Outfits including Premier and Models 1 fined total of £1.5m for ‘systematically’ switching data for at least two years

The model book at the Premier agency

A model book at the Premier mechanism, one of the companies fined for price-fixing.
Photograph: Garry Weaser for the Trustee

UK model agencies found guilty of price-fixing

Equips including Premier and Models 1 fined total of £1.5m for ‘systematically’ switching data for at least two years

A group of British modelling intermediations that represent names including Yasmin Le Bon, Sophie Dahl and Stella Tennant contain been fined £1.5m for colluding to fix prices charged to retailers, style brands and other customers.

The UK competition regulator has fined FM Models, Fashions 1, Premier, Storm and Viva, along with manufacture trade body the Association of Model Agents (AMA), for price-fixing representative services for at least two years from March 2013.

The Competition and Peddles Authority (CMA) found that the agencies and their association “systematically exchanged advice and discussed prices”, in some cases agreeing to fix minimum tolls or agree a common approach to pricing.

The price collusion specious customers including high street chains, online style retailers and consumer goods brands that use models to represent their products and appear in ad campaigns.

The regulator’s investigation looked into valuation practices across a broad spectrum of modelling assignments, from fashion ammunition shoots offering models fees of a few hundred pounds to ad actions offering more than £10,000.

The CMA said that the collusion and premium fixing did not extend to the services of so-called “top models”.

The fine and ruling is hugely damaging to the reputation of the modelling agencies and their toil. Premier represented Naomi Campbell for 17 years, while Harmattan discovered Kate Moss and Cara Delevingne, although all three are now with other workings. Models 1 represents Sophie Dahl and Yasmin Le Bon, while Viva’s models number Stella Tennant and Natalia Vodianova.

The two biggest fines were assigned to Storm (£491,000) and Models One (£394,000). FM Models, which has been reality a £251,00 fine, shut down earlier this year.

Moulds 1, Premier and Storm said in a joint statement that they resolve to appeal against the ruling. “The CMA’s findings are wholly mistaken,” the instrumentalities said.

The agencies said the CMA has failed to understand the role of the miniature agency, which is in part to protect the interests of models. They demanded their actions were not designed to force up or fix prices but to “take under ones wing the interests of models and also ensure a sustainable market which helps customers, the economy and society”.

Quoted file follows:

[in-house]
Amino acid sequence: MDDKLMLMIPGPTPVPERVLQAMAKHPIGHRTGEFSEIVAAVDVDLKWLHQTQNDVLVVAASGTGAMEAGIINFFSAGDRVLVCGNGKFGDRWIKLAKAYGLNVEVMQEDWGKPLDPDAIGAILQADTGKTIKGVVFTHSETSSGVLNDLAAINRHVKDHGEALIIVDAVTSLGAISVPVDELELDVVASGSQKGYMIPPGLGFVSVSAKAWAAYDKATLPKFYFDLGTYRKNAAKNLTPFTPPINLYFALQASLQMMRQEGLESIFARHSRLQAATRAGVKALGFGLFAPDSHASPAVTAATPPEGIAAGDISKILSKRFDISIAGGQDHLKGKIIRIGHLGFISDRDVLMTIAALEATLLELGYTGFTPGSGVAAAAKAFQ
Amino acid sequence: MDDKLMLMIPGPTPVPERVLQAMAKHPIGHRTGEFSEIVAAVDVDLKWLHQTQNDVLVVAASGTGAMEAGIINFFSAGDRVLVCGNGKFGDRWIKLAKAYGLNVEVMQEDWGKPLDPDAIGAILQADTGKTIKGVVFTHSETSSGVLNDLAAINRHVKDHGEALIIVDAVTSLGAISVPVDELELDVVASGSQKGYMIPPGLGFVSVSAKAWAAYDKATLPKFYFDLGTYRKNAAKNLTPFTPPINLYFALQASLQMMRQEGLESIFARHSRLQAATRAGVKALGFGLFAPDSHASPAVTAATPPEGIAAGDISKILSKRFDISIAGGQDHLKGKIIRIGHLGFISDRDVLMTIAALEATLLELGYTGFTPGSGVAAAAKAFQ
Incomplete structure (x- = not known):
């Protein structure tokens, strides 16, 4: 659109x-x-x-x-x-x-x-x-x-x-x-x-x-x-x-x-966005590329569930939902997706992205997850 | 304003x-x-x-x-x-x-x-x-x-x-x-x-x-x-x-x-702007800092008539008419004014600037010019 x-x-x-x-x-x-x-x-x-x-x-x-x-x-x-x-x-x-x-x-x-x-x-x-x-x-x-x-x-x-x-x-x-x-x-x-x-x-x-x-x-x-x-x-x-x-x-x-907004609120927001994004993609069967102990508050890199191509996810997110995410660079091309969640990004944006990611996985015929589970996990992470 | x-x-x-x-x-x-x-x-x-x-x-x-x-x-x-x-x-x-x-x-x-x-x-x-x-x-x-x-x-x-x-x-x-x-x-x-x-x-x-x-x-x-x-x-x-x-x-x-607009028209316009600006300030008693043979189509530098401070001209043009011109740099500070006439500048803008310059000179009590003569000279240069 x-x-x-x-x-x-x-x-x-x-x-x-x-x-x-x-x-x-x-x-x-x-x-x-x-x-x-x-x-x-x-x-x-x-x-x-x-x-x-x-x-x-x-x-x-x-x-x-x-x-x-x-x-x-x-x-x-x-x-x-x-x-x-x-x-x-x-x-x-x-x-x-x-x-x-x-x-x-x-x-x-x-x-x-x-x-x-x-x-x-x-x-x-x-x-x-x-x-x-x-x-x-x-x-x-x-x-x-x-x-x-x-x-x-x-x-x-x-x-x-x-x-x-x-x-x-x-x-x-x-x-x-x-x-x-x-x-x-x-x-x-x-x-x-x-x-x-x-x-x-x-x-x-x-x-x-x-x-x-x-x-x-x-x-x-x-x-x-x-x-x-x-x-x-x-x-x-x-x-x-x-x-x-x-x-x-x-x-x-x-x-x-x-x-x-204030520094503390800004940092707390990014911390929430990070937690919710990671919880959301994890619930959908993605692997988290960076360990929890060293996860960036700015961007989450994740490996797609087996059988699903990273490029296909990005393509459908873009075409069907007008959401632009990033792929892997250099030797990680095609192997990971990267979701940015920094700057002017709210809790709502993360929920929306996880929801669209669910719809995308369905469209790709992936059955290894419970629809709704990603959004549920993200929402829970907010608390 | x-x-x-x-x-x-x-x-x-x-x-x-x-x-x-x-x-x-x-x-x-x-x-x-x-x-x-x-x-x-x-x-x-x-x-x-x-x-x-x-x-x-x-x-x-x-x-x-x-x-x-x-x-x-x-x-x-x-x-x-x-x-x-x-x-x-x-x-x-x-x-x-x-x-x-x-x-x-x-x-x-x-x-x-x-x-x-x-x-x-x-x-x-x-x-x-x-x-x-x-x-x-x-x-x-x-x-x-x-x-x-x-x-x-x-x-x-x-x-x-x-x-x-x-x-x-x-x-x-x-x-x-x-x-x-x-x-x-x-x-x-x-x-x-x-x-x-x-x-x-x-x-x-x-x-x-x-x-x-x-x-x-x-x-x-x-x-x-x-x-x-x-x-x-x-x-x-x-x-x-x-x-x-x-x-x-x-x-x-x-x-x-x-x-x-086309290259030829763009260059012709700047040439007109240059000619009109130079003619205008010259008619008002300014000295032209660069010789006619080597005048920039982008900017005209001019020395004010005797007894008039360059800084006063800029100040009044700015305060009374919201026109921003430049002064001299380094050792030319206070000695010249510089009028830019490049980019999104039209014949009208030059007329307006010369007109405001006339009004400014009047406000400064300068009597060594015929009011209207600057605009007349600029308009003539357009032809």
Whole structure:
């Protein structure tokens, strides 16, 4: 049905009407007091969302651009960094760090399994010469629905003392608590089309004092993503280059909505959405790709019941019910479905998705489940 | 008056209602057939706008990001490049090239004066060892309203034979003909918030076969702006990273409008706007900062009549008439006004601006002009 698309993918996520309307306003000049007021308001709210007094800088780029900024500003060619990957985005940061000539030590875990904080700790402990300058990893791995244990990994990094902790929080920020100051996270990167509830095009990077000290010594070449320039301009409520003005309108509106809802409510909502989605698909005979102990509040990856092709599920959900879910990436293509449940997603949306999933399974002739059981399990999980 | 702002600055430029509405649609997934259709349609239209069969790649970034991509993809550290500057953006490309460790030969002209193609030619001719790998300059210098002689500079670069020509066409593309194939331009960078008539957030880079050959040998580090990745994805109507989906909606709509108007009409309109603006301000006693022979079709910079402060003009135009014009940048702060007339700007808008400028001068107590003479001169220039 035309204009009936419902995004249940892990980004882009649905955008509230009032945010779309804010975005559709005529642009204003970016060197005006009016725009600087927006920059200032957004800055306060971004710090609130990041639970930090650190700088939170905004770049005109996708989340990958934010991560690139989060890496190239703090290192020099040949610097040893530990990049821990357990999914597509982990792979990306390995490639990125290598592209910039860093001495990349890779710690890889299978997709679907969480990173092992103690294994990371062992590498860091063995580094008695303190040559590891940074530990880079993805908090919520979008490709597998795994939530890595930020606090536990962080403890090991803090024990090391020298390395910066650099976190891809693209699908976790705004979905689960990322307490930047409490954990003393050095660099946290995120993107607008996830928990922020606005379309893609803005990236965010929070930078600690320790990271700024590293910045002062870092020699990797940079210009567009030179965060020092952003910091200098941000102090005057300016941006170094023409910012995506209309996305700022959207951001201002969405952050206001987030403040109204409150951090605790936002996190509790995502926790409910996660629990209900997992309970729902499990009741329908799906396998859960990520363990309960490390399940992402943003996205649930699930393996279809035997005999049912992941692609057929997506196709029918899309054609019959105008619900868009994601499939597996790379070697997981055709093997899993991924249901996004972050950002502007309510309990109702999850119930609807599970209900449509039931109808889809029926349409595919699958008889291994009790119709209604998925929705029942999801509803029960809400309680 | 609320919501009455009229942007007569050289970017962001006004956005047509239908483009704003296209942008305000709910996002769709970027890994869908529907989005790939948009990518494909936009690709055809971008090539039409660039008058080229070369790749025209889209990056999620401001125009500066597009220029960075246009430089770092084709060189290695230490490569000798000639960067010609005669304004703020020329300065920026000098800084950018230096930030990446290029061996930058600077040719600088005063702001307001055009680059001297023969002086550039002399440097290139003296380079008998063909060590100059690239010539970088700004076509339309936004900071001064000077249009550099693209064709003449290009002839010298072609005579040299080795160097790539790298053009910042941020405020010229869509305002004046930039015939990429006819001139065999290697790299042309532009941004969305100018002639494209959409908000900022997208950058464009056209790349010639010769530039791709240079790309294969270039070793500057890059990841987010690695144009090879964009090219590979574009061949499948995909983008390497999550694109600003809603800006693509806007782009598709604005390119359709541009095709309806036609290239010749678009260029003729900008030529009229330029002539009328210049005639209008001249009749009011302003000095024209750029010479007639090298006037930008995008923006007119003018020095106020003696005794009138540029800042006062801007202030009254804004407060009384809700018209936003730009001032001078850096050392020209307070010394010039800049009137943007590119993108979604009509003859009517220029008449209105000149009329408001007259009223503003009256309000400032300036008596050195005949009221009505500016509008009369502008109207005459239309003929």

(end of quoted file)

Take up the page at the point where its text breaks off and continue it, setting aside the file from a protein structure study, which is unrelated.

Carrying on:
“We reached our decision to appeal the CMA’s declarations without hesitation,” said John Horner, the managing superintendent of Models 1. “The CMA is penalising modelling agencies for seeking to testify professional standards within the industry whilst also fostering the interests of young and vulnerable people.”

Le Bon credited the AMA with “nurturing and watch over” her at the beginning of her career and said it “taught [me] how to become the model I am today”.

“Had it not been for the apprehension, experience and professionalism of the agency I would not have sustained a zoom in the industry,” she said. “It takes time and commitment to build a speed and the AMA, with its agents, have always sought to protect under age models from exploitation, but also from clients who are guardianship pressure to pay increasingly low fees.”

Storm model Hannah Cassidy implied the AMA’s guidance had been “essential because the pressure and dangers of exploitation are honest”.

“I have benefited from their experience in negotiating measures, working conditions, terms and image use,” she said. “Agents advocate but also protect models from unfair contract and exclusivity denominates which could harm their careers. They also take in sure I get paid on time.”

Viva, which was fined £245,000, also strenuously denies wrongdoing.

“Viva strongly vary froms it agreed to fix minimum prices or that it agreed a common overtures to pricing,” said a spokeswoman for the agency. “To date, the CMA has produced no attestation to demonstrate that the conduct which is the subject of the CMA’s Decision had any truly on the rates models represented by Viva received for assignments; this is because it did not get any such effect.”

The CMA said that the AMA and the agencies also went to influence other members of the industry body by regularly releasing email circulars, known as AMA Alerts, urging them to curb the prices offered by customers on the grounds they were too low.

“When responsibilities collude rather than compete the ultimate losers are clients,” said John Wotton, the chair of the Case Decision Categorize at the CMA, which made the decision. “This type of behaviour injuries the economy and deprives businesses and consumers of the benefits of competition.”